• Warranty/support schedule details.
  • Contact information for client support for these applications.
  • Frequency of use.

Relevant Backup Data

Data backups are crucial to your disaster rehabilitation and so your service connection planning ought to feature information regarding data backups. It should state exactly how usually information is supported, in what styles as well as where. It should likewise mention what document back-ups are readily available– preferably, you need to be protecting ALL data as soon as possible! Especially if your business is transitioning its operations to remote work, you need to be prepared for anything.

What’s your Alternate Plan?

See to it your service connection program notes a backup procedures strategy that will certainly enter play in the event of a catastrophe. Examples consist of substitute operations such as options to function remotely or even to allow employees to bring their very own gadgets to work (BYOD) pending the time regular company premises or devices are ready.

Layout and site

Your service connection plan must also consist of a layout of your workplaces with the exit as well as entrance points plainly marked up, so they could be utilized in case of any sort of emergency. It must likewise mention the site of data centers, phones, essential IT devices and similar hardware.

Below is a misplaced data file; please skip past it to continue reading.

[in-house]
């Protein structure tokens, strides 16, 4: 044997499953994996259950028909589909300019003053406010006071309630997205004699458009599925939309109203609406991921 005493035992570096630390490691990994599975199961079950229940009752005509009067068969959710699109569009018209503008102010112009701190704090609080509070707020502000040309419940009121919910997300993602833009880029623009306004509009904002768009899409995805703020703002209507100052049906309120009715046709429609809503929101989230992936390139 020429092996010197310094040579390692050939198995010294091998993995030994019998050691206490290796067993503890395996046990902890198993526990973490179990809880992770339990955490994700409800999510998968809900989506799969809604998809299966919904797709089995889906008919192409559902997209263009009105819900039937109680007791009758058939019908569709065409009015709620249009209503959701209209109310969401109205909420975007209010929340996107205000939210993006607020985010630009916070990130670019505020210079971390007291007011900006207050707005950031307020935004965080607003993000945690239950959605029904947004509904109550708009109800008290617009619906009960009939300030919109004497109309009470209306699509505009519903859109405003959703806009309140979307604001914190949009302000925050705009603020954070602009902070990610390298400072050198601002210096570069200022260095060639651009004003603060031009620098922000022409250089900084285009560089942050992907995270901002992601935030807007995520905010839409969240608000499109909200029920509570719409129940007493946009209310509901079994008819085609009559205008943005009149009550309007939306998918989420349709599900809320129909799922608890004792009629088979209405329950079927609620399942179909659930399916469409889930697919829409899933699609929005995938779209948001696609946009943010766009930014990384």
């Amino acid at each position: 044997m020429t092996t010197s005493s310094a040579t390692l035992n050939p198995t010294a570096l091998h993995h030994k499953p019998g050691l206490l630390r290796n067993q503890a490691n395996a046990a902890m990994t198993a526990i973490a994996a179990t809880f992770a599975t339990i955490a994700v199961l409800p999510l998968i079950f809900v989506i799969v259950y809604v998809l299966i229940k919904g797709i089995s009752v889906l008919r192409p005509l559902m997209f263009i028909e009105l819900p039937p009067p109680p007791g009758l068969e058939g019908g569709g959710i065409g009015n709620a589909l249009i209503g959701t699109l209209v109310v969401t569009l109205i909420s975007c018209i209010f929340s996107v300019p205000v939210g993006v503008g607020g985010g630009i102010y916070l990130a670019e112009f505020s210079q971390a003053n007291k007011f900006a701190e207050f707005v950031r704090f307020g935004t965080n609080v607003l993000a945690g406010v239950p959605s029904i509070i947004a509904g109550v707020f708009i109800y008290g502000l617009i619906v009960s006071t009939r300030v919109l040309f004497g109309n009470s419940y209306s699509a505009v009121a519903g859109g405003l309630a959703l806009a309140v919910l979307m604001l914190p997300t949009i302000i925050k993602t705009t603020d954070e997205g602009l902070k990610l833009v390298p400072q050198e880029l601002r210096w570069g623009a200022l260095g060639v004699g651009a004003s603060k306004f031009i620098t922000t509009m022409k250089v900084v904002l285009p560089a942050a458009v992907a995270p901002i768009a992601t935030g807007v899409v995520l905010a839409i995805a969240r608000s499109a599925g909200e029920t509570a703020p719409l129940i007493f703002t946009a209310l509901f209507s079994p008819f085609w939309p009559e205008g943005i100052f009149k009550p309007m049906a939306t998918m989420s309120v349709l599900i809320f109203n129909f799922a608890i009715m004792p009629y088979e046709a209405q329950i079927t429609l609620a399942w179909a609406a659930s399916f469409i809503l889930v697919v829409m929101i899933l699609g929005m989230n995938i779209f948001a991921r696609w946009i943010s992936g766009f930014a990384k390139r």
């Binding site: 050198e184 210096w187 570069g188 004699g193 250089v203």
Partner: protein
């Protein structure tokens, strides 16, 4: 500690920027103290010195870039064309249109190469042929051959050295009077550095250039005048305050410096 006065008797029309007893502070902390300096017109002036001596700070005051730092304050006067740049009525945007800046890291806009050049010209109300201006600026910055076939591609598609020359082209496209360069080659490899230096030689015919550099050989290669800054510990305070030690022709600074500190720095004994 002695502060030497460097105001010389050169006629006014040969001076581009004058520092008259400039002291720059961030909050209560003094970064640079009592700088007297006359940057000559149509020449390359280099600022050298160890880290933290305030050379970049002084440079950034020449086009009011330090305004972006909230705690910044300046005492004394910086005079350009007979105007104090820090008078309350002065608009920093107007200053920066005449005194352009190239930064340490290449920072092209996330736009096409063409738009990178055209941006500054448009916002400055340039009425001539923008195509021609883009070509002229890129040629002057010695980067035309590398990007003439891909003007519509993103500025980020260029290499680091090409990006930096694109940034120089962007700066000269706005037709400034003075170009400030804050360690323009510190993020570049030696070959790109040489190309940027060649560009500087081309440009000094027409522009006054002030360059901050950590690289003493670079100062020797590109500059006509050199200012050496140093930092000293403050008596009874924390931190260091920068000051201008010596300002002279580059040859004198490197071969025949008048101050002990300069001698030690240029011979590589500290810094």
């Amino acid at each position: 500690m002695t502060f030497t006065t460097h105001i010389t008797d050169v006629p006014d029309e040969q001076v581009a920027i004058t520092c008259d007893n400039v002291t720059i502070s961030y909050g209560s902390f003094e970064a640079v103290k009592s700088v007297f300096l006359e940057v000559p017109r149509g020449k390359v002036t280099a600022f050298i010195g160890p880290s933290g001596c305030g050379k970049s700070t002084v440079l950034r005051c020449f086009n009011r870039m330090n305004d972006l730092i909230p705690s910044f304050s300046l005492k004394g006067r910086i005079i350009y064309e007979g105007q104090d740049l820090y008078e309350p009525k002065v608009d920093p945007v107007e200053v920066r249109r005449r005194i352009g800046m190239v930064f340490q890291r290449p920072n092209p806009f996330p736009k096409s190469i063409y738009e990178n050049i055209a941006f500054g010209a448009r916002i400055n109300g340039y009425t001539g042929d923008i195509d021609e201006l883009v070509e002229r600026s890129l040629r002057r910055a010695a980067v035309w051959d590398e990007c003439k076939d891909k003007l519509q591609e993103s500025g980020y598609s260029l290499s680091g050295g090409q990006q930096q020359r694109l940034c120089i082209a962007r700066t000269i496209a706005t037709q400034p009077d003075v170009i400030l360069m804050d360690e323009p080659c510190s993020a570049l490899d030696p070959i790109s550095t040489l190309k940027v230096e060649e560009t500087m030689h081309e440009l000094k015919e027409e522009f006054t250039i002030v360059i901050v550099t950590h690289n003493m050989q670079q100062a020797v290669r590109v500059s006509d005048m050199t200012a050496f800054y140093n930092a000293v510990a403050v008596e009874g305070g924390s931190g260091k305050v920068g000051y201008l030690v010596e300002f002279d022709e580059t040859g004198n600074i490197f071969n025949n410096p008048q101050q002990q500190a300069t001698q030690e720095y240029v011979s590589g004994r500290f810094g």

Process classification

See to it your company continuity strategy specifies the standard operating procedures (SOP’s) to be complied with in the event of an unexpected emergency.

It’s Time to Start Planning!

Are you thinking business continuity planning is convoluted? Do not quit! A bunch of little & average sized companies don’t produce a company connection strategy thinking it is way too much of a problem. But this can easily show to be disastrous to your company eventually. A skilled MSP can aid you comprehend company connection preparing and also even aid you create a service connection plan that is best suited for your business!

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Workplace remote work.